For centuries herbs have been used as medicine and the results are often very beneficial. Herbal remedies can be used to treat illness, maintain and promote good health and prepare the body for changes such as those during pregnancy. Much of our allopathic medicine used today came from herbs. Not all herbal remedies are recommended during pregnancy so it's important to research them and talk to your health care provider before beginning something new.
Red Raspberry leaves are safe and helpful during childbearing years and during pregnancy. It is nutrient rich and contains many of the vitamins and minerals necessary for a healthy pregnancy including vitamins A, C, E and B, magnesium, calcium, iron and potassium.
The herb comes in forms of leaves to make teas or tonics as well as pill like capsules you can swallow. When taken as a tea, it is hydrating so it can count towards your daily fluid intake.
When shopping for the tea, do not confuse this with raspberry flavors of tea. It must be raspberry leaf tea. (It will not taste like raspberries, but more like green tea.)
Other's caution against that and think it's best to wait until the second or third trimester to start red raspberry leaf, especially if you are classified as high risk. In the U.K. many midwives believe that spotting during early pregnancy can result from drinking the tea as well as an increase in early miscarriage. During the later part of pregnancy it's often recommended to drink 2-3 cups per day. Red Raspberry leaf tea contains a bunch of vitamins and minerals such as vitamin c and calcium and an alkaloid called fragrine, which may help tone the uterus. It can be especially beneficial for women who are planning a vbac (vaginal birth after cesarean) since their uterus was cut open during a c-section.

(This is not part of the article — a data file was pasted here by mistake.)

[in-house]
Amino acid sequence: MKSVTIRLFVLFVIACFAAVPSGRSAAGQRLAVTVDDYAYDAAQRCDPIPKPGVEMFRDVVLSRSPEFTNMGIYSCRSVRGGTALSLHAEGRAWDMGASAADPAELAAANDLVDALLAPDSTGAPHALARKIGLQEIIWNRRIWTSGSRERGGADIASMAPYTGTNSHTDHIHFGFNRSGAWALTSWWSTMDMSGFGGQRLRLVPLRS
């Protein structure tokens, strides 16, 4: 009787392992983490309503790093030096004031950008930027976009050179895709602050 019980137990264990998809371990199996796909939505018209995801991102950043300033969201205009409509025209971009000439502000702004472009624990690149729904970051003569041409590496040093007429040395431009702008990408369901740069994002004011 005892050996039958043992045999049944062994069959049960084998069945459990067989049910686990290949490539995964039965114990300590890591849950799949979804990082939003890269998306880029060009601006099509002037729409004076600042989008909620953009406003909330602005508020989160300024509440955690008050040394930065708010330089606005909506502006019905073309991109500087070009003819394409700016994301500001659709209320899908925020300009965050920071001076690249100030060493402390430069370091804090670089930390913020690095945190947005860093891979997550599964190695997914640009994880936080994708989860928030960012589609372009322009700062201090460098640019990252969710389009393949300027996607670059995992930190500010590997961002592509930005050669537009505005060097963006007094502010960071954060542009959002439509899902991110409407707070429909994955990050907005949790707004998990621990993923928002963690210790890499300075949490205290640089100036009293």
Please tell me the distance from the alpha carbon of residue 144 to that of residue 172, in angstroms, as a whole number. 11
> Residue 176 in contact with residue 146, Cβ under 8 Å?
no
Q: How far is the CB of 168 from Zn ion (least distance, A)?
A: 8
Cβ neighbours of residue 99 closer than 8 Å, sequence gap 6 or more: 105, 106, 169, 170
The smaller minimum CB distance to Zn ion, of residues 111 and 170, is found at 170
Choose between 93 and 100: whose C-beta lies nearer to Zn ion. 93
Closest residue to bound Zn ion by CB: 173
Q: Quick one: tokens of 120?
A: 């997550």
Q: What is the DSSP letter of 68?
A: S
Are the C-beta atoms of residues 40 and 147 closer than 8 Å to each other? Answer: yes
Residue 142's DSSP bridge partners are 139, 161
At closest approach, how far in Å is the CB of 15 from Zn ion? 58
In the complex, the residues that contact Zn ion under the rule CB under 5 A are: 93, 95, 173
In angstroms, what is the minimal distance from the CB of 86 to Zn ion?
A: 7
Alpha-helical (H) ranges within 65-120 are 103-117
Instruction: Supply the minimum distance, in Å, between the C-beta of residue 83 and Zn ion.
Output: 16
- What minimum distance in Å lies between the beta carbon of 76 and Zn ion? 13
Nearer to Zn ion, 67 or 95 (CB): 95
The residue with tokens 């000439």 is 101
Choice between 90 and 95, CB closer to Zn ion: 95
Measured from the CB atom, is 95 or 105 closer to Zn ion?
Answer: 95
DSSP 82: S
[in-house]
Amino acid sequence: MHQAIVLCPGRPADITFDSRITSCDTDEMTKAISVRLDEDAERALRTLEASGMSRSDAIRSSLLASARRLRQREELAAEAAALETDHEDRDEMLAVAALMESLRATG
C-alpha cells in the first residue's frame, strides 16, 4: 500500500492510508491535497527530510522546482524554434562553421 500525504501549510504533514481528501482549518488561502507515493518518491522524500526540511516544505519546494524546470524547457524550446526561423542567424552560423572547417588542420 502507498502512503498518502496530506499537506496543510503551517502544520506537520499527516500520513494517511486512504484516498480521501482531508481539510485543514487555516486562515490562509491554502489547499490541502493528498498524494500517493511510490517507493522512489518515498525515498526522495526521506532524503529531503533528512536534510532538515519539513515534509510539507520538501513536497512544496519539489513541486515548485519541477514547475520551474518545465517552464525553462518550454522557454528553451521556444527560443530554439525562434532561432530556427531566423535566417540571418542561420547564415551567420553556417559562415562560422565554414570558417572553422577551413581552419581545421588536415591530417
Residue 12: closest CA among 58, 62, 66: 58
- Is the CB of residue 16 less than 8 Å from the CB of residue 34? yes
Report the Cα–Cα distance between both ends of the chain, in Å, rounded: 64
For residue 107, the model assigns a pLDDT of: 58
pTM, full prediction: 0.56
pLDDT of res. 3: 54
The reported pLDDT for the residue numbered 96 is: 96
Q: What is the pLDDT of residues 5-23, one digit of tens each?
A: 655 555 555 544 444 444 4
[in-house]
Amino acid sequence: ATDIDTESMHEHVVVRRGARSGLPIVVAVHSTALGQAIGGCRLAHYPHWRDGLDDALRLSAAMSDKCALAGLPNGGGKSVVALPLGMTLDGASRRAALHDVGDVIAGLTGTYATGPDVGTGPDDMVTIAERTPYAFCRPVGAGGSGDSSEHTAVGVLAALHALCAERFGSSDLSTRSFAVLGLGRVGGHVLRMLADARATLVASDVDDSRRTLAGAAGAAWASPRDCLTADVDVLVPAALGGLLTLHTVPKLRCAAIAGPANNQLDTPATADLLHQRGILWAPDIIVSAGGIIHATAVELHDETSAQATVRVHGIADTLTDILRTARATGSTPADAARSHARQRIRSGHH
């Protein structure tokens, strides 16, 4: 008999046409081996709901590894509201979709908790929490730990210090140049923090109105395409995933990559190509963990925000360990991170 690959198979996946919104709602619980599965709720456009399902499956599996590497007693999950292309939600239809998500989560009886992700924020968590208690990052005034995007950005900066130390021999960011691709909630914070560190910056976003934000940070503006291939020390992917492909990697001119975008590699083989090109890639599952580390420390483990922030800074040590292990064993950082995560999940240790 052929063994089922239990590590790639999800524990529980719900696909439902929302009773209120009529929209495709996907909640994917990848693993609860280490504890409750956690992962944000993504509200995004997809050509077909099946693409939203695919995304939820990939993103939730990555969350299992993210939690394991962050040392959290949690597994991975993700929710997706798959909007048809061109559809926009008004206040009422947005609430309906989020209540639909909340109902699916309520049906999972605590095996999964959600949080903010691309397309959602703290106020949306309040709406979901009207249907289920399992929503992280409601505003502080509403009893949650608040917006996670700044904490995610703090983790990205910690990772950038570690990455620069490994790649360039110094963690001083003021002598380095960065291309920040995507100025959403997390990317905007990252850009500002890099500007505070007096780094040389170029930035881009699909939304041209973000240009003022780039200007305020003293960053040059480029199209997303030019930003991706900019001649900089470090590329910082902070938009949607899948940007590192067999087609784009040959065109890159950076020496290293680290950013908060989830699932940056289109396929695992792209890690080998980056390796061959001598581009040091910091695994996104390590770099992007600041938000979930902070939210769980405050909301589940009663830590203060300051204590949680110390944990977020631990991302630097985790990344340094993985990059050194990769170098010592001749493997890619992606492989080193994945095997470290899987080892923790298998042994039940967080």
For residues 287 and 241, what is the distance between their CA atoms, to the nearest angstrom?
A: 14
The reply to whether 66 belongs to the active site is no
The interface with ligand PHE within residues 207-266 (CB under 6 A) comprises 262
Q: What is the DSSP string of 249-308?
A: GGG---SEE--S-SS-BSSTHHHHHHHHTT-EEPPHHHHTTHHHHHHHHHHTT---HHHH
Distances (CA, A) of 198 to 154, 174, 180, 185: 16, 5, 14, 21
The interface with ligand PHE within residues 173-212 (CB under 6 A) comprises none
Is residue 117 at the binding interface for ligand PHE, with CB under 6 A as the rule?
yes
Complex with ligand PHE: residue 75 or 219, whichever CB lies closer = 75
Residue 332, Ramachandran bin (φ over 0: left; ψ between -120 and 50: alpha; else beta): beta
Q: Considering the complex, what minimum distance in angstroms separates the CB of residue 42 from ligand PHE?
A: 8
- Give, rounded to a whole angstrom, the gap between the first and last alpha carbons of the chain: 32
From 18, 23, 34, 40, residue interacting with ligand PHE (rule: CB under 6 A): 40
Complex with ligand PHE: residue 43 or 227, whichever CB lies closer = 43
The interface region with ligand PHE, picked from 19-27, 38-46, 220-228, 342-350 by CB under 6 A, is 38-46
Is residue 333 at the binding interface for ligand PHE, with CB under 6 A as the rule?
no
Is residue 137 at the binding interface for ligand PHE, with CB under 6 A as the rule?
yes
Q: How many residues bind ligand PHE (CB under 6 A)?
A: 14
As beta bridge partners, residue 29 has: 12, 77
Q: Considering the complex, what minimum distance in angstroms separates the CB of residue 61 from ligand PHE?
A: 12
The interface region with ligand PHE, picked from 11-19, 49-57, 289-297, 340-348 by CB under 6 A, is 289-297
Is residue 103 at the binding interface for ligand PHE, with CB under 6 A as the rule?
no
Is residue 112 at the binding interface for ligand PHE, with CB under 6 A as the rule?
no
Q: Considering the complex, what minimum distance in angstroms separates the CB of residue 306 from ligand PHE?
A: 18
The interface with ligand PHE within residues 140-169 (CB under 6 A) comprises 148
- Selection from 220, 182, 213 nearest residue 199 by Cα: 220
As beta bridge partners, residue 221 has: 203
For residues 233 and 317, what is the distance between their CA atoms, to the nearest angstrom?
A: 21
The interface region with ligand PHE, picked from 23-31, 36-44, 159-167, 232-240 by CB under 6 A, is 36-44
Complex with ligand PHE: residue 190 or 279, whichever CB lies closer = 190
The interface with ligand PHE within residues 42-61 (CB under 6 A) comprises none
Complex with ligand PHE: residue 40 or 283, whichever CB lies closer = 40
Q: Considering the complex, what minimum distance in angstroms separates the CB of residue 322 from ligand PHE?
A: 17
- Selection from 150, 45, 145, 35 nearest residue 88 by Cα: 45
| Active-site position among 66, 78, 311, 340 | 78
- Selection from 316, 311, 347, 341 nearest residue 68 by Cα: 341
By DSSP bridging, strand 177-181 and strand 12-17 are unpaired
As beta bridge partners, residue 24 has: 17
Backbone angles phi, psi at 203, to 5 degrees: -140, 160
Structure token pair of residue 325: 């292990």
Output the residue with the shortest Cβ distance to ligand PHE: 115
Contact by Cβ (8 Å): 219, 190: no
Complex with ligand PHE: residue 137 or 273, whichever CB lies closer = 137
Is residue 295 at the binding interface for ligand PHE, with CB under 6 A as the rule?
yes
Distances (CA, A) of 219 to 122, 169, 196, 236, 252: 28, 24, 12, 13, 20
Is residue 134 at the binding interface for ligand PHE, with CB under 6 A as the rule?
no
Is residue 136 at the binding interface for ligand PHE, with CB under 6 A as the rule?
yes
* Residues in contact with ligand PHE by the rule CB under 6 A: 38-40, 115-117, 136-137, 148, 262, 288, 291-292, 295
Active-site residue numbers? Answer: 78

Red Raspberry Leaves do not start or encourage labor. It can help the contractions to be productive once true labor has begun because it strengthens the uterine and pelvic muscles but it is not an oxytonic herb (one that would induce labor). Research has found that taking Raspberry Leaf during the weeks prior to delivery helps to shorten the second stage of labour by making contractions more effective. Some studies have also found that it reduces the need for an assisted delivery (i.e. an emergency cesarean or use of forceps or ventouse). Sipping raspberry leaf tea during and after the birth is also said to help the uterus contract back down to size, reduce after birth bleeding and help initiate the let down of breastmilk.
That being said it's important to talk with your midwife, obstetrician or herbalist before beginning drinking red raspberry leaf tea or taking a supplement. Some will recommend you wait until you are 36 weeks along before incorporating the tea into your health regime while others may encourage you to begin right away. Each situation and pregnancy is different so it's best to get other's opinions before beginning red raspberry leaf tea.
You can purchase ready made tea bags from a local health food store or buy the dried leaves in bulk and make your own. You can boil 1 cup of water and then pour over 2 teaspoons of red raspberry leaves (dried) and steep for 10 minutes. If using loose leaves you will need to strain out the pieces. Pill like capsules can also be purchased from a vitamin or organic store and it's usually recommended to take 1-3 a day depending on your needs.
Outside of Pregnancy,
Raspberry tea can also help with painful menstruation cramps, and can lessens an over-abundant flow, and even shorten length of the bleeding cycle.
At menopause the adrenals are geared to take over as the ovaries gradually cease functioning; many menopausal symptoms are caused by exhausted adrenals. The herb best suited to help is raspberry leaf. Men in mid-life crisis with exhausted adrenals are well-advised to drink the tea also.